And as for raw milk being a perfect food… Sorry: no. It lacks vital amino acids, is desperately poor in numerous vitamins and trace elements (especially iron) that your body requires for continued proper functioning, and is generally unsatisfactory as the single major constituent of anybody's diet over the age of, oh, twelve to fifteen months. (Not that I would be entirely happy giving raw cow's milk to babies, but that's a whole separate area of dietetics.)
I would be interested (in purely ironic mode) to see a solid citation of the Mayo Clinic allegation. Because if they ever did prescribe a nothing-but-raw-milk diet, then (a) they really should have known better (but then again look at the so-called Sippy Diet for ulcers, about as effective against the actual cause of gastric ulcers as trying to cap a fire hose with a Kleenex: it took brave researchers to show us the real cause and cure) and (b) we all see how well that worked in eradicating TB worldwide! — Because if such a cure had been proven effective at a time when TB was ravaging the western world, it would have become famous within weeks and would have wiped the disease out in all but a few inaccessible hot spots in a matter of years. (Seriously, don’t get me started on TB. The nursing school where I trained had gigantic buildings that until the introduction of antituberculars like INH had been crammed full of tens of thousands of fellow New Yorkers essentially confined in isolation like lepers, waiting to die. And now here it comes again, partnered with HIV and worse than before. It makes me want to spit.)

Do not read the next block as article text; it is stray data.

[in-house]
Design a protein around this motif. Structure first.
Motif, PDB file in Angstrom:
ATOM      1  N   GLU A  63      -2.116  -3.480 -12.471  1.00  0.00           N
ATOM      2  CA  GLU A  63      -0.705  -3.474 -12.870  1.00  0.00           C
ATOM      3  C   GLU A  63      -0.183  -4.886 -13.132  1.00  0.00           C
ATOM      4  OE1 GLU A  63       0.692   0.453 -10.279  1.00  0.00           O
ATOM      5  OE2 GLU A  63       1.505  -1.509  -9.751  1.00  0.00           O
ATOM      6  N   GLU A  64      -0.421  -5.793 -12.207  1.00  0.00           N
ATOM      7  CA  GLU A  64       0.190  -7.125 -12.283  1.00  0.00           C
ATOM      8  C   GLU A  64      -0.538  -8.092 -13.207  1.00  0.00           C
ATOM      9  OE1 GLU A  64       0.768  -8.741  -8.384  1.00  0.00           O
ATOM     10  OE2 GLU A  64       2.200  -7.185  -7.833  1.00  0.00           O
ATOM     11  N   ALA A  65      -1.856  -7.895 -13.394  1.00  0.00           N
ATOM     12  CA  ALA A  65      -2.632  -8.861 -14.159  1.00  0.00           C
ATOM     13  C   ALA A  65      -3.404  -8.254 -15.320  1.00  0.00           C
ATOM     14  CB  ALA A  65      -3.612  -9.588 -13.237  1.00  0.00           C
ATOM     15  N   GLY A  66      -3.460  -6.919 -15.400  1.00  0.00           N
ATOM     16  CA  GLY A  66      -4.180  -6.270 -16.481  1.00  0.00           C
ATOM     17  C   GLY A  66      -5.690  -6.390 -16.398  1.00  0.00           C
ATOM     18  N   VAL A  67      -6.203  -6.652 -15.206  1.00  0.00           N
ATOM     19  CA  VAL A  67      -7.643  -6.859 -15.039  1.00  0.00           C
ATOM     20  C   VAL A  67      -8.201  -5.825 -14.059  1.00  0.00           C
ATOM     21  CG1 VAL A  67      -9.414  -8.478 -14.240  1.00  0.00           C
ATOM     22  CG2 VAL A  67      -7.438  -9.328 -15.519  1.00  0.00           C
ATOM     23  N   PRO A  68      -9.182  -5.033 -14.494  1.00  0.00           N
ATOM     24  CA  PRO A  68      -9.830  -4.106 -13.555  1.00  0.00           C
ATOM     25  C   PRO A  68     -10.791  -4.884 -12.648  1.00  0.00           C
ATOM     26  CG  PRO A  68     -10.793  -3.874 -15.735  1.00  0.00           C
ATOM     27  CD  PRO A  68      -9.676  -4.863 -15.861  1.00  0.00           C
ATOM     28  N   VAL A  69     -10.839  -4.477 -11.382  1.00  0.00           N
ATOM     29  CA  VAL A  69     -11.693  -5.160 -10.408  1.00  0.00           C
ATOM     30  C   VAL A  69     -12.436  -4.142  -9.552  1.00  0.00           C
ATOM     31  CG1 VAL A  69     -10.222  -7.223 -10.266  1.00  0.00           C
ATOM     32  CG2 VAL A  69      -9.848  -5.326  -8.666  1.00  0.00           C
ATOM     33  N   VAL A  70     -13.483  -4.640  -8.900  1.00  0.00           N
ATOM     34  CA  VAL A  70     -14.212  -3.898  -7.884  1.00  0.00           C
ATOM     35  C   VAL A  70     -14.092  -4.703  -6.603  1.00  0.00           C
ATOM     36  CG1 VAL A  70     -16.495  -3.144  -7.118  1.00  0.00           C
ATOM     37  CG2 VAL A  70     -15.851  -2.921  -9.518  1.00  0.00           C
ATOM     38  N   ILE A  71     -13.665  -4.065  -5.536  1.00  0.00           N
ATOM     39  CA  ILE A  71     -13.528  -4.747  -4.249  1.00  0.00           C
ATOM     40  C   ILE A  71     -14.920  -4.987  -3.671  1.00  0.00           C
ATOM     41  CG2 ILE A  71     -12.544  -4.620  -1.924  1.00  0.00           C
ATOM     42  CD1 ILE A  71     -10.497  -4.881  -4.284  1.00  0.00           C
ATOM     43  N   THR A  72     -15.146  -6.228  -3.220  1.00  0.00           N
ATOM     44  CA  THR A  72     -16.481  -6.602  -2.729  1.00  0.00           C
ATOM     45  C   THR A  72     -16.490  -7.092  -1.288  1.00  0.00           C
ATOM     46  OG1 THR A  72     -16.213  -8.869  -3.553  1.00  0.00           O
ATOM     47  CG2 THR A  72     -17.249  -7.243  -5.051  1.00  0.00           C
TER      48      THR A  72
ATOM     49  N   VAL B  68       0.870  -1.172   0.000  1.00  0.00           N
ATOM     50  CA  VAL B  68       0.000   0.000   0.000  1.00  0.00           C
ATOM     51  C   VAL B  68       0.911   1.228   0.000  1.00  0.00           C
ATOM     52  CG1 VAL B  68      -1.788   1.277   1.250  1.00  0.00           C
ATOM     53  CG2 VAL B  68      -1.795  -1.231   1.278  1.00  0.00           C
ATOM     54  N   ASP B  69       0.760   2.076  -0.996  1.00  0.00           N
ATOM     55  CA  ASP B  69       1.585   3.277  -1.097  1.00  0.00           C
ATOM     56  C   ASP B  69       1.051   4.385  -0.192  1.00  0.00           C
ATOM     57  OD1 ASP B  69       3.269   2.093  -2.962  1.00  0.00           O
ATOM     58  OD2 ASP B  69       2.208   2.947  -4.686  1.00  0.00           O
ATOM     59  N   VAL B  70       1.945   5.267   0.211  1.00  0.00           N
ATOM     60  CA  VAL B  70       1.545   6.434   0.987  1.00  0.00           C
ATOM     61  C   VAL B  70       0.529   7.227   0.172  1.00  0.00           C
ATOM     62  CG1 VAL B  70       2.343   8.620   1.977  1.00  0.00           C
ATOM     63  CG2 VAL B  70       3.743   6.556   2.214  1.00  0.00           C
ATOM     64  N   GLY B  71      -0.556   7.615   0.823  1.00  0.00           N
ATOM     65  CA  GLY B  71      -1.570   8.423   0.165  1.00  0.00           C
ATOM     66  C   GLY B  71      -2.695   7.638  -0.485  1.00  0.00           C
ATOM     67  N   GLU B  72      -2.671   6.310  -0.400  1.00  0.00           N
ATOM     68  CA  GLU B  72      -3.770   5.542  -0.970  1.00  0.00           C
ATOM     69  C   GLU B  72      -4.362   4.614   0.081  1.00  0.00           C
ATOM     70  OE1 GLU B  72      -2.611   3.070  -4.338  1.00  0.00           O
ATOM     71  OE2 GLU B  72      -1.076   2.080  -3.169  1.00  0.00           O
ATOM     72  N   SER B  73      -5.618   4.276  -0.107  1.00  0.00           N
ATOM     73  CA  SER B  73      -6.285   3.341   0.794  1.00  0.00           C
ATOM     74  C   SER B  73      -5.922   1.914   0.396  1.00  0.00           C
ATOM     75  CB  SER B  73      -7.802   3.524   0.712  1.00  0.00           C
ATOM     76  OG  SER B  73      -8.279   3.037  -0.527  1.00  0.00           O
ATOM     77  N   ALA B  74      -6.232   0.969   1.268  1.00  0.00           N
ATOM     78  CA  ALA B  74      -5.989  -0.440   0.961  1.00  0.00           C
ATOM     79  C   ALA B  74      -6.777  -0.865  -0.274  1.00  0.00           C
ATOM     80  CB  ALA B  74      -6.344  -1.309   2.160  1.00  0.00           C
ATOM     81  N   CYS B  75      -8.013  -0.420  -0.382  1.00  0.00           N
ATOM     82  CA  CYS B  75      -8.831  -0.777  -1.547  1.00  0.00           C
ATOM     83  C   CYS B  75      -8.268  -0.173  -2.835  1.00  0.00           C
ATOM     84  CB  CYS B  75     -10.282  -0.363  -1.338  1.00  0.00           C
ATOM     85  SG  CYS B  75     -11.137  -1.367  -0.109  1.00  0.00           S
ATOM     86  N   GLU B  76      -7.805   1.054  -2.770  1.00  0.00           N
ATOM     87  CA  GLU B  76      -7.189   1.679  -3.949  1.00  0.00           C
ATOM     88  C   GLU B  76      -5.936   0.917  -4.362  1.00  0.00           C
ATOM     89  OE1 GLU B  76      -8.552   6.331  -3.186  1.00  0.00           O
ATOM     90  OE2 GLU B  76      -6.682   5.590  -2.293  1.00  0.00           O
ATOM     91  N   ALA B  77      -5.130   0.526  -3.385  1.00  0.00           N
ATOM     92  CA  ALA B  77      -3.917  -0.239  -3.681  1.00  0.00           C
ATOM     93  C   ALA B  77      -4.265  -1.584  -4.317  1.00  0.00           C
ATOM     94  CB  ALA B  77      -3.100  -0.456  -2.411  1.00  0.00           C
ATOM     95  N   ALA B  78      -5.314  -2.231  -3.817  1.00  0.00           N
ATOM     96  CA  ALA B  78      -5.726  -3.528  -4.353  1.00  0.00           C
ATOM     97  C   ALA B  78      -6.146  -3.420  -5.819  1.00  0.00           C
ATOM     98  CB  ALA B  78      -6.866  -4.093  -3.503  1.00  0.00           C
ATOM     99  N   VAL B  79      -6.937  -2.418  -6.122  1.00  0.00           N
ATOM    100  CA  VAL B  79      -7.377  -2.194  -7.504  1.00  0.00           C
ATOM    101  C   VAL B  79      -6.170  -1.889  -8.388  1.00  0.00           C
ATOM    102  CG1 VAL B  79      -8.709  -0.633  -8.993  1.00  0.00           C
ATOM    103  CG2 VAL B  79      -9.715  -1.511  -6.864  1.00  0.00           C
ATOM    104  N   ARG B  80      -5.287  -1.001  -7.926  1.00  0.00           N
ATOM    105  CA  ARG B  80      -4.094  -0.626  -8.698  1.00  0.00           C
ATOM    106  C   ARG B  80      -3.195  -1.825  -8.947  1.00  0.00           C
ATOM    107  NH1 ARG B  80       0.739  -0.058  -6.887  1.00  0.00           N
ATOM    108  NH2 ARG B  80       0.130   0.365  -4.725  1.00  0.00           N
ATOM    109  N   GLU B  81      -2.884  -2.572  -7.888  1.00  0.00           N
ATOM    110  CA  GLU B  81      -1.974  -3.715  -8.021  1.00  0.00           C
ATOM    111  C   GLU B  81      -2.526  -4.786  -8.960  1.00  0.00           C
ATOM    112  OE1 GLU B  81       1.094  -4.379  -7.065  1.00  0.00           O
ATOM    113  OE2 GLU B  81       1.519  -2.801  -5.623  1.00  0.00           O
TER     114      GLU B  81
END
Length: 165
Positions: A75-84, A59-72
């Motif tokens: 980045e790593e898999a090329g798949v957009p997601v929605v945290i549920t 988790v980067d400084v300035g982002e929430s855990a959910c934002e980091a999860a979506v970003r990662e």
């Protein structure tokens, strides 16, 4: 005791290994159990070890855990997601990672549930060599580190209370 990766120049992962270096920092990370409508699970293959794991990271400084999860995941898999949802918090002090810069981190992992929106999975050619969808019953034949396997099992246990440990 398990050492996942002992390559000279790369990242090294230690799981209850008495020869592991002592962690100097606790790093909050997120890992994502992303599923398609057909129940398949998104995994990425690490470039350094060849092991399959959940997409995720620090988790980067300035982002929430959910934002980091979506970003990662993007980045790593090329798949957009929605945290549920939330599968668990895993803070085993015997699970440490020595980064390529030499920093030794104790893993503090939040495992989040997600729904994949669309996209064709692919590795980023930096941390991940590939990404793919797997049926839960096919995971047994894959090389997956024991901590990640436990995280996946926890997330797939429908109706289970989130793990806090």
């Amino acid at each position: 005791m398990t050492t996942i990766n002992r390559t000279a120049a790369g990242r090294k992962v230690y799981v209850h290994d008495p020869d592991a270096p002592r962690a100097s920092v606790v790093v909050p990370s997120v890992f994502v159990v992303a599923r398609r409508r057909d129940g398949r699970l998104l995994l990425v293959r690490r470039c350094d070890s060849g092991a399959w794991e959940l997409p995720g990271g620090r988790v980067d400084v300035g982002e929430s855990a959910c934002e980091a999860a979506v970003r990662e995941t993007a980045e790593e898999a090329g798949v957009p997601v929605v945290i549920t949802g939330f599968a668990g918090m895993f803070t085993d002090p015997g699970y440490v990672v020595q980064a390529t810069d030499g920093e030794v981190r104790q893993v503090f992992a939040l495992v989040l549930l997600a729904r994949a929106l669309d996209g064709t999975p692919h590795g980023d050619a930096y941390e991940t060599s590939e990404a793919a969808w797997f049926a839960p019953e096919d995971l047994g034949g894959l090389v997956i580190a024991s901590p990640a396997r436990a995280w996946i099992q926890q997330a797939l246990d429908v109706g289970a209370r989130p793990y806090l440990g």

Again, I like raw milk. I drink it by preference when I can get it, and am a supporter of the drive to keep it from being made illegal in Ireland. (In the land of the banbhianna, the "white meats", among descendants of the ancient people to whom cows were money and who loved their dairy products more than almost anything else, such an occurrence would be incredibly ironic.) But the adult human body is omnivorous (just look at the teeth) and is not built to live on milk alone. Trying to make it do in the long term will have the same kind of effect as is suffered by the unfortunate cats and dogs of the tragically confused vegans who try to wean their carnivore pets off meat.
(sigh) And adding potatoes only helps a little. That requires a more detailed rebuttal. A project for another day when I’m not thinking mostly about wizards and seedcake.